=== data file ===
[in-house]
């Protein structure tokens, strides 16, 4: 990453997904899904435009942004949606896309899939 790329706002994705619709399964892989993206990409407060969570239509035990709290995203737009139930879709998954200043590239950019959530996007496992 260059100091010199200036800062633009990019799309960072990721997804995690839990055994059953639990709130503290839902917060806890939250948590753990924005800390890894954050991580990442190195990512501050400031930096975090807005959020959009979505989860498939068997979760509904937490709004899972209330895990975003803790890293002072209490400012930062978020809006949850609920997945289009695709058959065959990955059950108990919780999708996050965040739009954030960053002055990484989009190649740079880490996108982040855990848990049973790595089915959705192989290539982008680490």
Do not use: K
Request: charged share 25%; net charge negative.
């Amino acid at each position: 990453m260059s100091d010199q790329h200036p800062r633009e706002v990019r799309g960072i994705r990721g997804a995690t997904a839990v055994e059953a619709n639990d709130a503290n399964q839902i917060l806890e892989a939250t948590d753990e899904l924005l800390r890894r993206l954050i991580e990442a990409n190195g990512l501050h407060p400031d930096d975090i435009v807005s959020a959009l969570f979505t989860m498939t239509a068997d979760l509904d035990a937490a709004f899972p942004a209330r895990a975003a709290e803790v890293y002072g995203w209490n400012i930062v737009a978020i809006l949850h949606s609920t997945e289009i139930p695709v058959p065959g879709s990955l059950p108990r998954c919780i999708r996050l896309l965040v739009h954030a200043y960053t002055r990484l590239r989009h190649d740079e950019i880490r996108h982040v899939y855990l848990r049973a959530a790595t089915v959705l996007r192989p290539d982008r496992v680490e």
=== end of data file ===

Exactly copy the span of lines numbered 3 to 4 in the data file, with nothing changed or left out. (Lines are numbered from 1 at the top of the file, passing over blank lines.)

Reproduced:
Do not use: K
Request: charged share 25%; net charge negative.